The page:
FCC Approach • What has been the FCC approach to broadband open access since City of Portland? • How does its approach affect cable providers, ILECs, consumers,independent ISPs?
FCC Approach • What has been the FCC approach to broadband open access since City of Portland? A “hands off” approach -
Recent Developments on Classification • FCC Notice of Inquiry seeking comment on the appropriate legal and policy approach to be accorded to high-speed Internet service provided over various platforms, including cable, wireline, wireless, satellite, broadcast and unlicensed spectrum technologies, as well as whether or not the Commission should require access to cable and other high-speed systems by Internet Service Providers
Feb. 14, 2002 • In the Notice adopted on this day, the FCC tentatively concluded the wireline broadband Internet access services - whether provided over a third party's facilities or self-provisioned facilities - are information services, with a telecommunications component, rather than telecommunications services. Information services include such services as voice mail and e-mail, which ride over telecommunications facilities.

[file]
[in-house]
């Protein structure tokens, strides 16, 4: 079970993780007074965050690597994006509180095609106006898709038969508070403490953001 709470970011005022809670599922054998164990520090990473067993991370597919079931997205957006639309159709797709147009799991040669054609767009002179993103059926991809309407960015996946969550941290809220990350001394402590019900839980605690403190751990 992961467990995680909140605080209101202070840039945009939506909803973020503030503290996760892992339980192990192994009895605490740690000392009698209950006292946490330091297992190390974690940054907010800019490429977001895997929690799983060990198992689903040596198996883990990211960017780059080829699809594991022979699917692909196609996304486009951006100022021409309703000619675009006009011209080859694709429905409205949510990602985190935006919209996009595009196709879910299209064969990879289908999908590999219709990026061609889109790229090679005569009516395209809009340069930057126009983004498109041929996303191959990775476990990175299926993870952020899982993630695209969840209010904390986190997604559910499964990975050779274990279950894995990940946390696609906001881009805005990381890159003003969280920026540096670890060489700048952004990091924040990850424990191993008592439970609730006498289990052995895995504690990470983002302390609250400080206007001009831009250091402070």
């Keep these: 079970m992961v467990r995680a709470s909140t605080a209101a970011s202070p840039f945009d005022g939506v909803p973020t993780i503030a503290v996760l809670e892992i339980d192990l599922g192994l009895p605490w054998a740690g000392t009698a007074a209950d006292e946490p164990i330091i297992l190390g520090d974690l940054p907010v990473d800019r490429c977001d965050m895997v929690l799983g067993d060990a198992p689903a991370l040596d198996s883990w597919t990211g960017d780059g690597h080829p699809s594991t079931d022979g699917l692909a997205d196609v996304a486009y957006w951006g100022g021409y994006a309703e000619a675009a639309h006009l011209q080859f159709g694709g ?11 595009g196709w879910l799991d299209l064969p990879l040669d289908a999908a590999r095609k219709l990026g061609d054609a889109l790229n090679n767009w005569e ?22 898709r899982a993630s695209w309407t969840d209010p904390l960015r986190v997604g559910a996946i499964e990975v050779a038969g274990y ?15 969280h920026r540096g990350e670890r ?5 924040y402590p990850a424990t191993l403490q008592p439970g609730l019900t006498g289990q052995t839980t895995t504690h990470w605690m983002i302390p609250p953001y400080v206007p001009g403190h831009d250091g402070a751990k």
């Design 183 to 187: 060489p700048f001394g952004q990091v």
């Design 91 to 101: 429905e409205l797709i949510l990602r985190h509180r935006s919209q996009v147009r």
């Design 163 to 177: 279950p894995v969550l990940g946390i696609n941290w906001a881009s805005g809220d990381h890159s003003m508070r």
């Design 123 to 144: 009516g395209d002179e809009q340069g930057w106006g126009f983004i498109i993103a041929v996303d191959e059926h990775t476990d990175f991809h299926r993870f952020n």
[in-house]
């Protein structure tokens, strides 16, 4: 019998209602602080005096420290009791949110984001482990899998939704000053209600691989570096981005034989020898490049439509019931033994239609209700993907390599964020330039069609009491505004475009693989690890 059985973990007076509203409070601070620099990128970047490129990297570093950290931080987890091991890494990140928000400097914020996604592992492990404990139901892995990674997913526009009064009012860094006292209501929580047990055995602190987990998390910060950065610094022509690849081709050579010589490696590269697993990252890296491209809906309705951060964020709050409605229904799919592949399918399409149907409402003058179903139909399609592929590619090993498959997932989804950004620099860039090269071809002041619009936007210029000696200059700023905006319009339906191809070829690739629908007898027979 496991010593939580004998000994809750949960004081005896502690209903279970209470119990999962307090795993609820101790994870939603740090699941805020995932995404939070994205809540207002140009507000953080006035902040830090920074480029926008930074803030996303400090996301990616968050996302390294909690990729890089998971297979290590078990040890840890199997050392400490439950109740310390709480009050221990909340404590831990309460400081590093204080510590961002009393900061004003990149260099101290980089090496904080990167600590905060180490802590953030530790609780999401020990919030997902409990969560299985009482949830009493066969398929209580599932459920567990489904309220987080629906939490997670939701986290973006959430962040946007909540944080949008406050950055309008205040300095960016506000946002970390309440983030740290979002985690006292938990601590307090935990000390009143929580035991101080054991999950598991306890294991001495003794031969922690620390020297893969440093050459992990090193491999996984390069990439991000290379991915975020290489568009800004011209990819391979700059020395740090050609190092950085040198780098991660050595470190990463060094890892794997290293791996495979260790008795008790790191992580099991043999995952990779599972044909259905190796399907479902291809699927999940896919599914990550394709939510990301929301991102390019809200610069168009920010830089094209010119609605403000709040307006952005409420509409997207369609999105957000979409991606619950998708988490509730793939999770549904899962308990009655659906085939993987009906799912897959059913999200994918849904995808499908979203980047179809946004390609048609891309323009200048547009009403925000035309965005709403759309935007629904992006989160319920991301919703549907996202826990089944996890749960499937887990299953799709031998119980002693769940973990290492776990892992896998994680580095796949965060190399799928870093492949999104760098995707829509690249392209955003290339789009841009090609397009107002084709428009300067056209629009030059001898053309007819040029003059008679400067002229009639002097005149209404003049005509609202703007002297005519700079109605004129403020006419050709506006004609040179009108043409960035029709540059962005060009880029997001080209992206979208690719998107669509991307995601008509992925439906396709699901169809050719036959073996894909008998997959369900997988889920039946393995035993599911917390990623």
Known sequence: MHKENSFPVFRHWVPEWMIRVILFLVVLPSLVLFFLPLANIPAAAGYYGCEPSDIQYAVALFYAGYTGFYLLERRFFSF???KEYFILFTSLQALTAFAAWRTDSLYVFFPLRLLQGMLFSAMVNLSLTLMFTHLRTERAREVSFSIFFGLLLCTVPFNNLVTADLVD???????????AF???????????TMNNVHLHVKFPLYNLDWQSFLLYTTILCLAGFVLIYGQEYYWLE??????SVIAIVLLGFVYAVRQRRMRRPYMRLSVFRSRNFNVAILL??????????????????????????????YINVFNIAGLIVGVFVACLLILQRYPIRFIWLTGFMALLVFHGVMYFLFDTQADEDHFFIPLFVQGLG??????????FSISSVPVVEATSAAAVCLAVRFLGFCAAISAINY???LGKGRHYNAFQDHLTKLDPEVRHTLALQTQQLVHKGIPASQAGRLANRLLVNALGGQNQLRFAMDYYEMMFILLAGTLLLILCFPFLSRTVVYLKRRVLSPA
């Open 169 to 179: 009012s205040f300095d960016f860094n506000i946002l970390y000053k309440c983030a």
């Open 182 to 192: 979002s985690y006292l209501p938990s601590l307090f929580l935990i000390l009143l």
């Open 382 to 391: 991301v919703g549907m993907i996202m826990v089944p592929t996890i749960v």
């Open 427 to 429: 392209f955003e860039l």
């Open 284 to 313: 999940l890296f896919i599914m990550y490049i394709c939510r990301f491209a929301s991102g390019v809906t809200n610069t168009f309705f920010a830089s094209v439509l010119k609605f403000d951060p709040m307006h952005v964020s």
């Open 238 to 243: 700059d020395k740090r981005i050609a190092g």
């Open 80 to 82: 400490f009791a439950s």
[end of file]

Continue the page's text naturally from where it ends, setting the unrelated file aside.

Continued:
Declaratory ruling • On March 14, 2002, the FCC adopted another major rulemaking, part of a series of actions, designed to promote widespread deployment of broadband services. The FCC settled a debate over the regulatory classification of cable modem service and launched a proceeding to examine the proper regulatory treatment of this service.
Declaratory Ruling • In a Declaratory Ruling, the FCC concluded that cable modem service is properly classified as an interstate information service and is therefore subject to FCC jurisdiction. The FCC determined that cable modem service is not a "cable service" as defined by the Communications Act. The FCC also said that cable modem service does not contain a separate "telecommunications service" offering and therefore is not subject to common carrier regulation.